Domain Driven Design with Web API extensions part 4: domain events in code

Introduction

In the previous post we looked at some theory behind domain events. We said that domain events were events that happen within a domain and that other components of the system may be interested in. The domain becomes the publisher – or producer – and the listeners will be the subscribers, or consumers of the domain messages.

We established that we’d solve the communication of consumers and subscribers through a mediator which stands in between. Publishers and subscribers will stay decoupled that way.

In this post we’ll implement the theory in C# code.

Read more of this post

Domain Driven Design with Web API extensions part 3: starting with domain events

Introduction

In the previous post we looked at how to apply the decorator pattern for our emailing scenario in the domain driven design demo project. We saw how the pattern helped us augment the functionality of the original TimetableService in an object oriented fashion. We also managed to wire up the decorator in StructureMap.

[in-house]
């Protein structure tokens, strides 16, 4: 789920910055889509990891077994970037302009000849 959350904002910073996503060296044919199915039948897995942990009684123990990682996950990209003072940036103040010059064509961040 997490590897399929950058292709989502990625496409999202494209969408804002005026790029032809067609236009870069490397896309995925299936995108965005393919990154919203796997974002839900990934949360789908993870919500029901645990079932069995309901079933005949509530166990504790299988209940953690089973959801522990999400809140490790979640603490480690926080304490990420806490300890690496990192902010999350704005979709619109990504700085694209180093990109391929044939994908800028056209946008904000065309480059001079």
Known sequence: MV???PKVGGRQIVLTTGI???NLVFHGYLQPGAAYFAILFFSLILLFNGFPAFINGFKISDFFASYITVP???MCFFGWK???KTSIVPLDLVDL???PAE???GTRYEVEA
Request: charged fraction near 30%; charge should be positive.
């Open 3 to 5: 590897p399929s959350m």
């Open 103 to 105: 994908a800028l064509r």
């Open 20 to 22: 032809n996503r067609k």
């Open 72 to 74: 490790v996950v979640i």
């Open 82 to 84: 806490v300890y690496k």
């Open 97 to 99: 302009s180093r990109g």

In this post we’ll solve the same problem in a different way. Well, at least we’ll start looking at another solution. Also, we’ll start discussing another concept from DDD: domain events. This part of the topic will be divided into two posts: the current post lays the theoretical foundations for the concepts and the next post will show the code.

Read more of this post

Domain Driven Design with Web API extensions part 2: notifications with the decorator pattern

Introduction

In the previous post we started building an extension to our DDD skeleton project. We saw a simple way of adding a component to the TimetableService so that we could send an email upon inserting or updating a load test. We also discussed the pros and cons of the current implementation.

In this post we’ll see an alternative solution using the Decorator design pattern.

Read more of this post

Domain Driven Design with Web API extensions part 1: notifications

Introduction

A couple of weeks ago we went through an updated series on Domain Driven Design starting with this post. We built a functioning skeleton project with EntityFramework as the backing store, a Web API layer as the top consumer, a loosely coupled service layer and a central domain layer with some logic.